The global artificial-intelligence (AI) story is just beginning, and governments worldwide must act swiftly to build the policy, talent and infrastructure needed to ensure the technology’s transformative power is accessible to all. Malawi is already moving proactively, taking bold steps to ensure it can harness AI for its economic and social development.
Malawi’s AI Vision
Most sub-Saharan African countries fall below the global average in terms of their “AI readiness”, demonstrating a technology and infrastructure gap that could exacerbate existing inequalities. Many wealthier blocs and countries, for example, are channelling funding into new technologies at levels that developing economies cannot match.
Yet while Malawi might lack resources, it brims with ambition and has identified digitalisation as integral to its long-term development vision, Malawi 2063. The National Digitalisation Policy for 2023–2028 aligns with this thinking, emphasising the importance of digital transformation in delivering economic growth, good governance and overall improvements in quality of life.
With the emergence of AI as a key enabler, Malawi's government is committed to creating an environment in which AI can thrive, benefiting businesses and entrepreneurs. AI also has the potential to reimagine the government's service delivery by providing insights, informing targeted interventions and underpinning proactive public services.
Laying the Digital Foundations
Harnessing AI to transform public-service delivery requires essential “raw materials”. Big data is paramount, but accessing and utilising data requires strong digital foundations – and that’s where the Tony Blair Institute for Global Change (TBI) comes in. TBI has been working closely with Malawi’s government to make its digitalisation vision a reality in several areas.
Through The Tomorrow Partnership, we have been working with the government to improve internet access and help drive digital transformation across public services. Recently, our teams were on the roofs of schools and health-care clinics in remote communities delivering Starlink satellite internet. Starlink has not only helped to connect these communities, but also enabled the provision of services, such as the digitalisation of patients’ health-care records, in hard-to-reach areas.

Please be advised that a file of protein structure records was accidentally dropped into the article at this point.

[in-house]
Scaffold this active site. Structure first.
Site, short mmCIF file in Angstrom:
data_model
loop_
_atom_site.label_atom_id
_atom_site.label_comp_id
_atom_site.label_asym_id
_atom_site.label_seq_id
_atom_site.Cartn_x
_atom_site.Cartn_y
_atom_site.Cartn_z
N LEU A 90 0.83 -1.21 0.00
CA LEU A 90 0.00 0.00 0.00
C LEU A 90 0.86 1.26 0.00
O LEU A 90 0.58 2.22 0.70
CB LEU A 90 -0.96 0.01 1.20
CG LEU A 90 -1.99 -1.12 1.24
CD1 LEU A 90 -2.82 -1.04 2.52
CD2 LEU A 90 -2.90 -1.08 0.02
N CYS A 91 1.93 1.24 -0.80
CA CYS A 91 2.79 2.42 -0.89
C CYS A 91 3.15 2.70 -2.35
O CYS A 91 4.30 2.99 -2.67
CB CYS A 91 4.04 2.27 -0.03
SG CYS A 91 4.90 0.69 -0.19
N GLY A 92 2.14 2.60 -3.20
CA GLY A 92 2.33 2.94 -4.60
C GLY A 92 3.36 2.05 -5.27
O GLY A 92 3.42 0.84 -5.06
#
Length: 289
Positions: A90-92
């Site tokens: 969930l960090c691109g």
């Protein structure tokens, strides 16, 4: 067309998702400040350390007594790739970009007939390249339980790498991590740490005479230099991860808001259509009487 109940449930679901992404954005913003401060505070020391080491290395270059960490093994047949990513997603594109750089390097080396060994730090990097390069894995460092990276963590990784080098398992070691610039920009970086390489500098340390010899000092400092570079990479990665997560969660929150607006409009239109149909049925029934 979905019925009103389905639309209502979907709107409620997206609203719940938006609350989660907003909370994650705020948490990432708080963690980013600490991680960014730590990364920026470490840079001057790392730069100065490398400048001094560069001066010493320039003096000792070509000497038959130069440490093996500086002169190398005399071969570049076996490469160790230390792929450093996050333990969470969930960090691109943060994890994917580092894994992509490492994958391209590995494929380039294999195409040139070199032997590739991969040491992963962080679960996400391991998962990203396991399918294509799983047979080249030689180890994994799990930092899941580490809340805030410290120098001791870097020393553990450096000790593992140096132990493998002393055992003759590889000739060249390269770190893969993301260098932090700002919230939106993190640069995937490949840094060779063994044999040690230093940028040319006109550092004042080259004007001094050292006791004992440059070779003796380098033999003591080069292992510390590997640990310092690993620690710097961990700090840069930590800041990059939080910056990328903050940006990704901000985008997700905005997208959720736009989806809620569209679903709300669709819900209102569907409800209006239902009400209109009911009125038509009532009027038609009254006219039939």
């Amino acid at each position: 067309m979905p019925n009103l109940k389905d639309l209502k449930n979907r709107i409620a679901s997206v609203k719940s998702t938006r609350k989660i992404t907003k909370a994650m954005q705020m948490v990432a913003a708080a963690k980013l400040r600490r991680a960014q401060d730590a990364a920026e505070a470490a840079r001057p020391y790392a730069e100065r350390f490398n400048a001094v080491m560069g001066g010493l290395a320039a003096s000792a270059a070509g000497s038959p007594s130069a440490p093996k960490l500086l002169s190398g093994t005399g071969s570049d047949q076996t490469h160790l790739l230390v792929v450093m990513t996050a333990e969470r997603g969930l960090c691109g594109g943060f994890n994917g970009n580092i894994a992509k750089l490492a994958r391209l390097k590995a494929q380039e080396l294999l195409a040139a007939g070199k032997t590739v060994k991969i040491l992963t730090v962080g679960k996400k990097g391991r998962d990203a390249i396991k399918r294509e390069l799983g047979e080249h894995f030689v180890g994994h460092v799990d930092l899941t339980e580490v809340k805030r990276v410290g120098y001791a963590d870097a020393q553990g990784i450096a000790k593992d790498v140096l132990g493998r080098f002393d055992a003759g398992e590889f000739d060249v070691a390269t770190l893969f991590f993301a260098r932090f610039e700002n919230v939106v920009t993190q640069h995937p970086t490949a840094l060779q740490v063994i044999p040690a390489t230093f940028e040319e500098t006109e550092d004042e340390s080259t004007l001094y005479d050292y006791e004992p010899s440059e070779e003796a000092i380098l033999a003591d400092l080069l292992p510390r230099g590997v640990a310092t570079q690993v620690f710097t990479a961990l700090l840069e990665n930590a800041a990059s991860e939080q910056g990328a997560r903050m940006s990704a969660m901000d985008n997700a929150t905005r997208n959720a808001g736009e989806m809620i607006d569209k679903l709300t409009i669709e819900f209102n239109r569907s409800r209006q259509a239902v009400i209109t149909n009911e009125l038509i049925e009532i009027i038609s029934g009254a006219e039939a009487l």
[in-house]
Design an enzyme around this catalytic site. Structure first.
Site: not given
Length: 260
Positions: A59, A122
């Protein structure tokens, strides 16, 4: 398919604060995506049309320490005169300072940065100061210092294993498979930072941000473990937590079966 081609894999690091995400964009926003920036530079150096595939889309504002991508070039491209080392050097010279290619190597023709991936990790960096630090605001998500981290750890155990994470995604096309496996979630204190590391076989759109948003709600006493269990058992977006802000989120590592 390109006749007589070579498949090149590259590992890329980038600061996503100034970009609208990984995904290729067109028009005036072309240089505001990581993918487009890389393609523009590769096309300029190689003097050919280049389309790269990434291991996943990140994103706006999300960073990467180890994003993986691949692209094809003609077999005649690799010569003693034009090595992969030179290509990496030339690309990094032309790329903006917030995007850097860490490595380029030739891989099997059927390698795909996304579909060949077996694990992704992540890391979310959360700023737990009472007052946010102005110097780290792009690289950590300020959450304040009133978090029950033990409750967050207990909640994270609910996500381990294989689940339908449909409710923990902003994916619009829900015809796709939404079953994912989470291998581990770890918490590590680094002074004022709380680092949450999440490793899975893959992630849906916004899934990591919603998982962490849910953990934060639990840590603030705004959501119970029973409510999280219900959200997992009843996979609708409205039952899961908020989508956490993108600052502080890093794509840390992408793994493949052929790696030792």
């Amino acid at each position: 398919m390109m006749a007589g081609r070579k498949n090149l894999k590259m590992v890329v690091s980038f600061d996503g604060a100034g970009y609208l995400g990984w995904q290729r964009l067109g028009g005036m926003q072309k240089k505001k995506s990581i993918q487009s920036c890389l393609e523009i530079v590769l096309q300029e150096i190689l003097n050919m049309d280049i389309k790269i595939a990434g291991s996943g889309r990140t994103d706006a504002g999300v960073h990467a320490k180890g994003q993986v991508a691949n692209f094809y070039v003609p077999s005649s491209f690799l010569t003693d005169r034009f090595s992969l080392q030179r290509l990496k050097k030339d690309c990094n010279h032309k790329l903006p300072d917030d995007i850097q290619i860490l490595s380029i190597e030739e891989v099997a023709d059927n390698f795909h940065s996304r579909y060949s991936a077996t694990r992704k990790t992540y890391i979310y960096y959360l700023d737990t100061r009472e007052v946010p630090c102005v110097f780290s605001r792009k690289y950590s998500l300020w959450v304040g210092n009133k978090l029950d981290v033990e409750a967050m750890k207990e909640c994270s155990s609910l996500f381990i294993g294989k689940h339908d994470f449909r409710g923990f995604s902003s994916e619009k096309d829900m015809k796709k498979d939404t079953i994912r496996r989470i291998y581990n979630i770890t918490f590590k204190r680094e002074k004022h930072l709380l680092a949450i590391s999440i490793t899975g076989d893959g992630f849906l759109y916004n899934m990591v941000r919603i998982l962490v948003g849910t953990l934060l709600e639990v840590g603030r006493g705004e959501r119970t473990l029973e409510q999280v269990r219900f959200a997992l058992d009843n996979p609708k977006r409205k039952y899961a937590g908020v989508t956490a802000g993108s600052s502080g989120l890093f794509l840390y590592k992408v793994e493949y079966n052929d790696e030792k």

In the agricultural sector, TBI jointly led a data-harmonisation exercise to create a comprehensive registry of farmers and their productivity levels. This registry will help pinpoint who should benefit from input subsidies and social-protection programmes, leading to more effective policymaking. In Malawi, where food security is increasingly threatened by climate change and agriculture accounts for over 80 per cent of export revenue, the potential impact of this initiative cannot be underestimated as AI develops and this data becomes increasingly useful.
Maximising the benefits of AI also requires a skilled workforce. Equipping Malawi’s public servants and leaders with digital skills is essential to delivering the government's strategic plans and digital-transformation vision.
To support this, TBI launched the DigSMART digital-skills training programme, which upskills government workers leading digital-transformation initiatives. The training has equipped staff at all professional levels with foundational digital skills and developed their understanding of the potential for online tools to transform public services. As and when AI becomes integrated into public services, civil servants will have the basic knowledge needed to develop their skills and utilise AI applications.
Image: In early November, more than 100 experts and changemakers gathered at the AI for Leaders Summit
Next Steps: Policy and Collaboration
Daud Suleman, the director general of the Malawi Communications Regulatory Authority, recently acknowledged that policy and regulatory gaps pose challenges to the nation’s ability to optimise new technologies. But several exciting developments are on the horizon: the Data Protection Bill is set to be introduced in parliament and reviews of the Communications Act are ongoing. Malawi is also gearing up for the introduction of legislation on cyber-security and cyber-crime, which will ensure the country can align itself with global AI standards and regulations.
Collaboration between policymakers and technology changemakers will also be critical. Earlier this month in Lilongwe, the AI for Leaders Summit brought together over 100 experts, thought leaders and decision-makers from government, civil society and the private sector to explore practical and potential applications of AI in the region. The summit, organised by TBI in partnership with Malawi’s government and the Kenya-based AI Centre of Excellence Africa, was an opportunity to drive the action needed in Malawi collectively and set the stage for the next phase in Malawi’s AI journey.
There is now a thirst for deeper dialogue between the government, private sector and development partners - discussions that will help launch Malawi’s next steps. With solid foundations in place and a strong vision for the future, Malawi can leverage AI as it evolves, exploring opportunities and partnerships to harness the technology’s power and become a regional leader.